When Joseph Smith, founder of the Mormon church, received a revelation in about 1831 in which he was commanded by God to break the law and take multiple wives, he at first resisted. He knew that if he embraced polygamy he would be castigated for it.
But then between 1834 and 1842 an angel came down to him, no fewer than three times, urging him to get on with it. In the last such appearance, the angel brandished a sword and threatened to kill Smith unless he “went forward and obeyed the commandment fully”.
You can’t argue with that.
And so it came to pass that Joseph Smith, visionary and creator of the Church of Jesus Christ of Latter-Day Saints, took to himself up to 40 wives, engaging in sexual relations with between 12 and 14 of them. They ranged in age at time of marriage, or “sealing” as the Mormons called it, from Fanny Young’s 56 to Helen Kimball who was just 14. Some of the women were already married before Smith “sealed” himself to them for eternity. (In some cases, these “sealings” were apparently not marriages as we would think of them, but were intended solely to matter after death.)
The fact of Smith’s long and prolific embrace of “plural marriage” is not in itself surprising – his adoption of the practice as a route to heavenly exaltation has long been discussed by historians and theologians. What is stunning is that the official version of his polygamist life has now been published by the Mormon church itself, an institution that in recent decades has gone out of its way to downplay the unconventional marital practices of its early male founders, not least Smith himself.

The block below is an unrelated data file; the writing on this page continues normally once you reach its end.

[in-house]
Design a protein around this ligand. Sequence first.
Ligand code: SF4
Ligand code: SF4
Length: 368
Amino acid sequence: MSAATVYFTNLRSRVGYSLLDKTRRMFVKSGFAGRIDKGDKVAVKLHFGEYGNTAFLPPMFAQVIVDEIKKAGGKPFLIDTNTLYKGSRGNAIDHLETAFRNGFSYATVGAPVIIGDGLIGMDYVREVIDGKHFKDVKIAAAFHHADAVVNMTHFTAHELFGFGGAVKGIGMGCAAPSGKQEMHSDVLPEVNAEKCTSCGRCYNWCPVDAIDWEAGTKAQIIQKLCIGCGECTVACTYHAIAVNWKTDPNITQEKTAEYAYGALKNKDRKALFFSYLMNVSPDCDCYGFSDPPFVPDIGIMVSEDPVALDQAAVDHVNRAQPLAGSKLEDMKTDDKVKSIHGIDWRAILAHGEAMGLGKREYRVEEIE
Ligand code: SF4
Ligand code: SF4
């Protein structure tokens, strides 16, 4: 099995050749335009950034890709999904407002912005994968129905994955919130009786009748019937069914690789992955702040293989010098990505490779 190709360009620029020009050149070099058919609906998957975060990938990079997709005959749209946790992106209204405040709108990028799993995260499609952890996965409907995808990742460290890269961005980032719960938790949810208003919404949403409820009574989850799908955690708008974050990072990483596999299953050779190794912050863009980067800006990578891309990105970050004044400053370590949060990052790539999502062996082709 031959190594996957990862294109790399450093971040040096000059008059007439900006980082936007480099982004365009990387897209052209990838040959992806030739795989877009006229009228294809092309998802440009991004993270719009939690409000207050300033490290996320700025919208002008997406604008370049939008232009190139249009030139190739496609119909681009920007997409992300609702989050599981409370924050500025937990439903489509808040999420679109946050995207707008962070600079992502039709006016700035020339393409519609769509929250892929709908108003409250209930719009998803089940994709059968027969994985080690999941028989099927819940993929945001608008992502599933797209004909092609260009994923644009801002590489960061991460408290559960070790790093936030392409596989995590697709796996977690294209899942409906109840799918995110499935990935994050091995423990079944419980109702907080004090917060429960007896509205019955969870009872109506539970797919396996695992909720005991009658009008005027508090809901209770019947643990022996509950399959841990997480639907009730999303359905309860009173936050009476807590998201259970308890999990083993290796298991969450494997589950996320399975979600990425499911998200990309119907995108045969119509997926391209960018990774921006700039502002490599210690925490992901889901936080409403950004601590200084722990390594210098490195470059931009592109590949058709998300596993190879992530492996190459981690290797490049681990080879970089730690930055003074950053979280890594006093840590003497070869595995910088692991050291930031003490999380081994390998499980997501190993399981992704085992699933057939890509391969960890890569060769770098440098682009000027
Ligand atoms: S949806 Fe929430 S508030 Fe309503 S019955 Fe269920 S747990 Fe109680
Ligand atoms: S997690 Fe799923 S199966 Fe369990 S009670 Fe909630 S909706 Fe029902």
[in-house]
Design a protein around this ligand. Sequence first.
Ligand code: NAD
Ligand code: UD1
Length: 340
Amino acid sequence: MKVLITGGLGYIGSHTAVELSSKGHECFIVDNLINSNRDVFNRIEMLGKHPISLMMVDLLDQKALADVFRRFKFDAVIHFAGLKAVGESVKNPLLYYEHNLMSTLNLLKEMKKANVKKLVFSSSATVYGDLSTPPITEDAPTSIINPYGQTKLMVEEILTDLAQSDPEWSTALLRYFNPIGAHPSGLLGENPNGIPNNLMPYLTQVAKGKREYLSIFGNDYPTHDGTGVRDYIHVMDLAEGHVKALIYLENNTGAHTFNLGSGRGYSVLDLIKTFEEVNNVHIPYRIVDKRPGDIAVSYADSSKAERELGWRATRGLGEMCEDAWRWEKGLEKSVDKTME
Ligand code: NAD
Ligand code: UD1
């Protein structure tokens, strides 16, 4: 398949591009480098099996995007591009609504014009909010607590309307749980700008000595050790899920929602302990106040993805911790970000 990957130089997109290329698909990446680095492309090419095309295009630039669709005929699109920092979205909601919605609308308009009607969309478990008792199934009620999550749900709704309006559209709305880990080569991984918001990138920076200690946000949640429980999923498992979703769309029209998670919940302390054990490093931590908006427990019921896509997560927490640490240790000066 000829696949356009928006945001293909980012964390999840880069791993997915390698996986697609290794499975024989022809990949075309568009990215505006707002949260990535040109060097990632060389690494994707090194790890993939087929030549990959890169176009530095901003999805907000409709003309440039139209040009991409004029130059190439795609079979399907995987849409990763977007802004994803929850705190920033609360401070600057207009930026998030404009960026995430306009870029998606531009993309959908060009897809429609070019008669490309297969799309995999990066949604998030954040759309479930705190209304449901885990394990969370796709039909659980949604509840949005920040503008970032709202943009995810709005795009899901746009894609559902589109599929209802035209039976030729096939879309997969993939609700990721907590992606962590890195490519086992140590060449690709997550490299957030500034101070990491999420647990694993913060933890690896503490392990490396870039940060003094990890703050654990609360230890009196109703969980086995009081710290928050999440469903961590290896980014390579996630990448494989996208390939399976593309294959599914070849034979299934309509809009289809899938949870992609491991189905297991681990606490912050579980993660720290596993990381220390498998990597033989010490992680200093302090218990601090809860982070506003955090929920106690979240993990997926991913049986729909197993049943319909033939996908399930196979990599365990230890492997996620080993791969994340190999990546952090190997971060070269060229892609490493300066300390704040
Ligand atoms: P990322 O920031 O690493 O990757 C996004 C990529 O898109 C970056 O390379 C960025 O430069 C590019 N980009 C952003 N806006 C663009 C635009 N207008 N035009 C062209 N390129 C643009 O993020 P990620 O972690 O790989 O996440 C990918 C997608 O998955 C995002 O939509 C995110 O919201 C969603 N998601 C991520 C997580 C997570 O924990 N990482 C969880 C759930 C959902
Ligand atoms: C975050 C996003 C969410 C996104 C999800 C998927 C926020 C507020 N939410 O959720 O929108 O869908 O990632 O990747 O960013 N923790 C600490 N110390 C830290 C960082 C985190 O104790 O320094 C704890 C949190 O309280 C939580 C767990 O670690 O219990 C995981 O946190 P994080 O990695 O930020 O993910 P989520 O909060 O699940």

The account is given in an essay that has been posted on the official website of the Mormon church as part of a series of articles on the role of polygamy in the religion’s history. The essay presents Smith’s polygamist behaviour as the result of a literal revelation from God, underlined by the appearance of the angel enforcer who “came with a drawn sword, threatening Joseph with destruction”.
The publication is part of an attempt to open the church up and face some of its most contentious acts, such as its ban on black men of African descent being ordained into its lay priesthood or black men or women being married in Temple that lasted as late as 1978. The official Mormon historian and elder of the church Steven Snow told the New York Times : “There is so much out there on the internet that we felt we owed our members a safe place where they could go to get reliable, faith-promoting information that was true about some of these more difficult aspects of our history.”
The official account has stirred up an intense debate among Mormons who have been brought up to think of Smith as relatively unblemished by some of the quirkier behaviour of his peers. The Salt Lake Tribune, which covered the official history last month, has been bombarded with more than 5,000 comments .
Writing in the same newspaper , Kristy Money, a Mormon psychologist, warned that the church’s portrayal of Smith’s actions as the result of an order from God could have an adverse impact on young readers. She said the official history should make it clear that in the eyes of the modern leadership “Joseph may have erred in his practice of polygamy”.
In other respects, though, the church does not flinch from some of the more painful aspects of this dark element of its past. After Smith’s death, it makes clear, church leaders came up with a new policy in which they effectively lied to the world – stating publicly that monogamy was the only legal marriage under Mormonism while openly tolerating plural marriage within their ranks.
It also addresses the position of Joseph Smith’s wife, Emma, who was openly hostile to polygamy. It says that she was put through an “excruciating ordeal” and that, though she approved of four of Smith’s other marriages in later years, he kept many of his “sealings” hidden from her.
The Mormon church made a clean break with polygamy in 1896 when it accepted a deal with the US government in which it denounced the practice in return for the granting of statehood for Utah. A minority of believers refused to go along with the new protocol and, insisting that they were keeping true to the faith, continued to practice polygamy as the Fundamentalist Church of Jesus Christ of Latter-Day Saints. Small communities of polygamist Mormons remain to this day in small towns such as Hilldale on the border between Utah and Arizona.
guardian.co.uk © Guardian News and Media 2014